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Outdoor Geology Lab Tour: Granite Pegmatite

Granite Pegmatite from Bessemer City, North Carolina sign

Rock type
Igneous

Description
This is a light gray to white rock that contains obvious large mineral crystals.

Figure 1: The granite pegmatite boulder at Northern Wake Campus.

Figure 1: The granite pegmatite boulder at Scott Northern Wake Campus


Figure 2: The granite pegmatite boulder at Southern Wake (Main) Campus.

Figure 2: The granite pegmatite boulder at Southern Wake Campus


Unique features
Very large minerals – in igneous rocks, the term "coarse-grained" means the minerals are large enough to be seen with the naked eye. In a pegmatite like this, the minerals are much larger than that, up to several centimeters long and wide. The largest minerals in this rock include muscovite (a flat, gold or silver mineral), quartz (a blocky, gray mineral) and feldspar (a white mineral with very flat reflective sides that will form rectangular prisms).

Figure 3: Granite pegmatite showing a large muscovite crystal to the right of center in the image (it is a slightly darker oval). Black ballpoint pen for scale.

Figure 3: Granite pegmatite showing a large muscovite crystal to the right of center in the image, seen as a slightly darker oval. (Black ballpoint pen for scale)


Figure 4: A close-up of the granite pegmatite showing the immense size of a white feldspar crystal.

Figure 4: A close-up of the granite pegmatite showing the immense size of a white feldspar crystal. The crystal is located just below the black ballpoint pen and is almost as long as the pen.


Figure 5: Another close-up of the granite pegmatite showing a massive feldspar crystal.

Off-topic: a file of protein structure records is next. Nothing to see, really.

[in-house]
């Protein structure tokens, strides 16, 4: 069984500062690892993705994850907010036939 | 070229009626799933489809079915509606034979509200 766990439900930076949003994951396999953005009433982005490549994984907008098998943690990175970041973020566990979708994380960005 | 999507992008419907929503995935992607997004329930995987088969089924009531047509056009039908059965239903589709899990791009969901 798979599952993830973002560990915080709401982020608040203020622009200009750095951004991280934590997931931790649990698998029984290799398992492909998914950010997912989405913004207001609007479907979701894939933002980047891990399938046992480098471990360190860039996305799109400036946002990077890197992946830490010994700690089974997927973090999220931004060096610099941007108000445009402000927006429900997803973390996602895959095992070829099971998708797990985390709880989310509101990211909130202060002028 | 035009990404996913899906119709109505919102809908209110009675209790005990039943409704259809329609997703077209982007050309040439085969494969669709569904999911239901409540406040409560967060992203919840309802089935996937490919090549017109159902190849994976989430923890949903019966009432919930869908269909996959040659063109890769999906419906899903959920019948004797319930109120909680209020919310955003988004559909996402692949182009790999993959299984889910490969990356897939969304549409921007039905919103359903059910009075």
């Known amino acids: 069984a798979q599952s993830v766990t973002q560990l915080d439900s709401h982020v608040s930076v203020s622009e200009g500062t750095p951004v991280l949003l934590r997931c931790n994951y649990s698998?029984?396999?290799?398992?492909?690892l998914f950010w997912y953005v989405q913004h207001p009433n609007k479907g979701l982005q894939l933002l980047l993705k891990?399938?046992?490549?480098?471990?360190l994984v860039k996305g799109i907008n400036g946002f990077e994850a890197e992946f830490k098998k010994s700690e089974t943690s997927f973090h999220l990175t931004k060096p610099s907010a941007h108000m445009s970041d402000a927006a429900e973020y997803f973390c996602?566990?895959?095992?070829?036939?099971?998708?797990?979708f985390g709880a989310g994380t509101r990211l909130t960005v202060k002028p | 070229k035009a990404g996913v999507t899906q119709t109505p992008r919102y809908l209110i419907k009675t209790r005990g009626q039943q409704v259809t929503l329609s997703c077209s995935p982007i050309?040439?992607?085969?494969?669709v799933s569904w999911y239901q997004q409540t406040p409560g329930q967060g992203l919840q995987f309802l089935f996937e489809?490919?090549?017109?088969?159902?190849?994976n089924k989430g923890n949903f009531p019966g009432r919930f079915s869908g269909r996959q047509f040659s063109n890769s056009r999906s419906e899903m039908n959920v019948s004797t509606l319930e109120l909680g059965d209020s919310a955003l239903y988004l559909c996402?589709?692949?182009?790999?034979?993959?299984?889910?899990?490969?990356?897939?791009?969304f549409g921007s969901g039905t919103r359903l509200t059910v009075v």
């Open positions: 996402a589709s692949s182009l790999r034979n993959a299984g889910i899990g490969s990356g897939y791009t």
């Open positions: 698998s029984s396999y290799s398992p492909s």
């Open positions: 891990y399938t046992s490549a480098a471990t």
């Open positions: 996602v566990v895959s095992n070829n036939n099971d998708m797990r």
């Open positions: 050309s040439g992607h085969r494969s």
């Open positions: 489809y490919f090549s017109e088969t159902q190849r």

Figure 5: Another close-up of the granite pegmatite showing a massive feldspar crystal. This one surrounds the black ballpoint pen and is nearly twice as long as the pen and at least as tall as the pen is long.


How did it form? 
Granite pegmatite forms when molten rock material with a high silicate content cools and crystallizes very slowly deep within the Earth’s crust. In order for the minerals to get so big, the rock must have cooled for a long time, and likely there were other factors at play, such as super-heated, mineral-rich water circulating through the magma as it cooled. 

How would a geologist figure out how it formed using rock characteristics? 
In igneous rocks, the size of the crystals tells us how long it took for the rock to cool. Laboratory experiments have demonstrated that, when molten rock material cools quickly, minerals in the resulting rock are very small, often microscopic. The longer the molten magma is allowed to cool, the larger the minerals become in the resulting rock. The incredibly large minerals in this rock suggest a very long cooling time for the molten material.  

Other laboratory experiments have shown that the presence of water in magma as it cools facilitates the forming of extremely large minerals. Therefore, it is likely that water circulated through the magma as it cooled; otherwise, this would have been a coarse-grained granite, but not a granite pegmatite (with extremely large crystals).

Other interesting information
Granite is the state rock of North Carolina and, in general, is a very common rock in the continental crust. However, granite pegmatite, with large mineral crystals, is relatively rare.